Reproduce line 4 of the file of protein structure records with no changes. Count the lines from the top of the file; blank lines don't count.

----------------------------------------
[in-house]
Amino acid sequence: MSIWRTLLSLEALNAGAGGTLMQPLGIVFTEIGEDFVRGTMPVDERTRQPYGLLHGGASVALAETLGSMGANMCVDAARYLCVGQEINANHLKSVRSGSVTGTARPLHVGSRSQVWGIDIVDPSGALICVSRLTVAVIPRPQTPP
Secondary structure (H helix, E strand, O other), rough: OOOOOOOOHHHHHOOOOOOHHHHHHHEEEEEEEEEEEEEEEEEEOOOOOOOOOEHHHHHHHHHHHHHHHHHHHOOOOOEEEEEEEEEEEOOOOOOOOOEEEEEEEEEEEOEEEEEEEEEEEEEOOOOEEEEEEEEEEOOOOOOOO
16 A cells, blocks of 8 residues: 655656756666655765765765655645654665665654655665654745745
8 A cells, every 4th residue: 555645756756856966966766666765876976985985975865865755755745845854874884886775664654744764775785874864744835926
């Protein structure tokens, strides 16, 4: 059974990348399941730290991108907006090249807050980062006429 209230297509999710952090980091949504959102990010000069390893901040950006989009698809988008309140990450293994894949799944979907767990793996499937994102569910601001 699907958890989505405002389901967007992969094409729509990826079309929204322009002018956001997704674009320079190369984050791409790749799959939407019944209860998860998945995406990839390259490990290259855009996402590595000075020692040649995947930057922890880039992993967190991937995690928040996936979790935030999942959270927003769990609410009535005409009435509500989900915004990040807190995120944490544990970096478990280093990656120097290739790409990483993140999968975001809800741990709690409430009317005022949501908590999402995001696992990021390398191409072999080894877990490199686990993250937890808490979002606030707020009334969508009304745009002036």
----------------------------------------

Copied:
16 A cells, blocks of 8 residues: 655656756666655765765765655645654665665654655665654745745